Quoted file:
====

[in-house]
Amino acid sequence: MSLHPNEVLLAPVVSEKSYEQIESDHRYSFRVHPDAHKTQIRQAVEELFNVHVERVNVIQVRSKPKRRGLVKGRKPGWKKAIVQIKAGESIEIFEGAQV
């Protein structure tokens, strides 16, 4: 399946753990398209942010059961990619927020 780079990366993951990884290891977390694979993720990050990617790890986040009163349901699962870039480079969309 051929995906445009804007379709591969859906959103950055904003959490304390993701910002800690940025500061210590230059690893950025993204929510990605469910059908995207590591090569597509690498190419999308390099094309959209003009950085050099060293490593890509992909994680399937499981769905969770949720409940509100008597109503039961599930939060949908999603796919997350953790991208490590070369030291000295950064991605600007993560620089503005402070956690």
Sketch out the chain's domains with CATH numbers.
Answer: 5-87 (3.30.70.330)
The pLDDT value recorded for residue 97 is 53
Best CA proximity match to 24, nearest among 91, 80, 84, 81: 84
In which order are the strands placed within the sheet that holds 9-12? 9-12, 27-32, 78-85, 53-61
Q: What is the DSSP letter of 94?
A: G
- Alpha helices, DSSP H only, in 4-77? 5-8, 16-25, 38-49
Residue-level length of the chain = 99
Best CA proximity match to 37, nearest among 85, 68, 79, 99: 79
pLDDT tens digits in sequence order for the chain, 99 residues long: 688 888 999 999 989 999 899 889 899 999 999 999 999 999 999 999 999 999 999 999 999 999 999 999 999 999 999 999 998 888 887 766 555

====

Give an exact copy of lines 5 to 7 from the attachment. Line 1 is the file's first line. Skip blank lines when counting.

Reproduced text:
Answer: 5-87 (3.30.70.330)
The pLDDT value recorded for residue 97 is 53
Best CA proximity match to 24, nearest among 91, 80, 84, 81: 84